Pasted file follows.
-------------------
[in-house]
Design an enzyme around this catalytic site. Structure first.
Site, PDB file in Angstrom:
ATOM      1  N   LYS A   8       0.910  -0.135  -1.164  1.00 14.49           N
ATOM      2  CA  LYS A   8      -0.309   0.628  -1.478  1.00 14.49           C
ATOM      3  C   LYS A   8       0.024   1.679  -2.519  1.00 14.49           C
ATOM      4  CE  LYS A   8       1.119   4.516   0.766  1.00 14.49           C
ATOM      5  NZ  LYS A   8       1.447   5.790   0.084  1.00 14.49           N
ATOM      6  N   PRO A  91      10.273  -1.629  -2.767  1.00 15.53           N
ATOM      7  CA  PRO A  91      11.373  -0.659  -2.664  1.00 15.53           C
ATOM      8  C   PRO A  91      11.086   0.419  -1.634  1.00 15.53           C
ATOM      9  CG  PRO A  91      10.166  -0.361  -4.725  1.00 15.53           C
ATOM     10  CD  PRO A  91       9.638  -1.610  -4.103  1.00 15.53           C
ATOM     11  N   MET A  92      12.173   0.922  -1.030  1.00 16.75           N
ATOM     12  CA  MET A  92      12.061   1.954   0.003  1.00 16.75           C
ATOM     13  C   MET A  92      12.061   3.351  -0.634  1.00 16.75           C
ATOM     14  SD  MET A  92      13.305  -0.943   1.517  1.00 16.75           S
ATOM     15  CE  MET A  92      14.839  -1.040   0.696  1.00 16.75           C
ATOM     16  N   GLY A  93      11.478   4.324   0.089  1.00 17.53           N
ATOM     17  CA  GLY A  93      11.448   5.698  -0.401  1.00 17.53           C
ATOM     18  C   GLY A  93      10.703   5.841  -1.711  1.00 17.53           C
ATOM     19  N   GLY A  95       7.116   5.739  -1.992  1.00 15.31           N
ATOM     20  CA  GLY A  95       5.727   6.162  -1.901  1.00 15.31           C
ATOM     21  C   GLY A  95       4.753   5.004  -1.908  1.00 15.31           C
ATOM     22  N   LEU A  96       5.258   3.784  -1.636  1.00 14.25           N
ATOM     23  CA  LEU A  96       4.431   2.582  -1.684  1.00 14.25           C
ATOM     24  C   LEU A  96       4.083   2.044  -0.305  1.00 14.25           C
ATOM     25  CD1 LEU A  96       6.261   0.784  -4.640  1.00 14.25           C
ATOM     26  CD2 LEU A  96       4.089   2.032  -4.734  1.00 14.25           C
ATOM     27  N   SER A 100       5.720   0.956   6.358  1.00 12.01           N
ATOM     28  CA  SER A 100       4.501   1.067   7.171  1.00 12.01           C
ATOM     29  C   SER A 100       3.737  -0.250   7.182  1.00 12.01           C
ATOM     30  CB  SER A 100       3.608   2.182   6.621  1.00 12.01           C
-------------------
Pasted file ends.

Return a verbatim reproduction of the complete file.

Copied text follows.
[in-house]
Design an enzyme around this catalytic site. Structure first.
Site, PDB file in Angstrom:
ATOM      1  N   LYS A   8       0.910  -0.135  -1.164  1.00 14.49           N
ATOM      2  CA  LYS A   8      -0.309   0.628  -1.478  1.00 14.49           C
ATOM      3  C   LYS A   8       0.024   1.679  -2.519  1.00 14.49           C
ATOM      4  CE  LYS A   8       1.119   4.516   0.766  1.00 14.49           C
ATOM      5  NZ  LYS A   8       1.447   5.790   0.084  1.00 14.49           N
ATOM      6  N   PRO A  91      10.273  -1.629  -2.767  1.00 15.53           N
ATOM      7  CA  PRO A  91      11.373  -0.659  -2.664  1.00 15.53           C
ATOM      8  C   PRO A  91      11.086   0.419  -1.634  1.00 15.53           C
ATOM      9  CG  PRO A  91      10.166  -0.361  -4.725  1.00 15.53           C
ATOM     10  CD  PRO A  91       9.638  -1.610  -4.103  1.00 15.53           C
ATOM     11  N   MET A  92      12.173   0.922  -1.030  1.00 16.75           N
ATOM     12  CA  MET A  92      12.061   1.954   0.003  1.00 16.75           C
ATOM     13  C   MET A  92      12.061   3.351  -0.634  1.00 16.75           C
ATOM     14  SD  MET A  92      13.305  -0.943   1.517  1.00 16.75           S
ATOM     15  CE  MET A  92      14.839  -1.040   0.696  1.00 16.75           C
ATOM     16  N   GLY A  93      11.478   4.324   0.089  1.00 17.53           N
ATOM     17  CA  GLY A  93      11.448   5.698  -0.401  1.00 17.53           C
ATOM     18  C   GLY A  93      10.703   5.841  -1.711  1.00 17.53           C
ATOM     19  N   GLY A  95       7.116   5.739  -1.992  1.00 15.31           N
ATOM     20  CA  GLY A  95       5.727   6.162  -1.901  1.00 15.31           C
ATOM     21  C   GLY A  95       4.753   5.004  -1.908  1.00 15.31           C
ATOM     22  N   LEU A  96       5.258   3.784  -1.636  1.00 14.25           N
ATOM     23  CA  LEU A  96       4.431   2.582  -1.684  1.00 14.25           C
ATOM     24  C   LEU A  96       4.083   2.044  -0.305  1.00 14.25           C
ATOM     25  CD1 LEU A  96       6.261   0.784  -4.640  1.00 14.25           C
ATOM     26  CD2 LEU A  96       4.089   2.032  -4.734  1.00 14.25           C
ATOM     27  N   SER A 100       5.720   0.956   6.358  1.00 12.01           N
ATOM     28  CA  SER A 100       4.501   1.067   7.171  1.00 12.01           C
ATOM     29  C   SER A 100       3.737  -0.250   7.182  1.00 12.01           C
ATOM     30  CB  SER A 100       3.608   2.182   6.621  1.00 12.01           C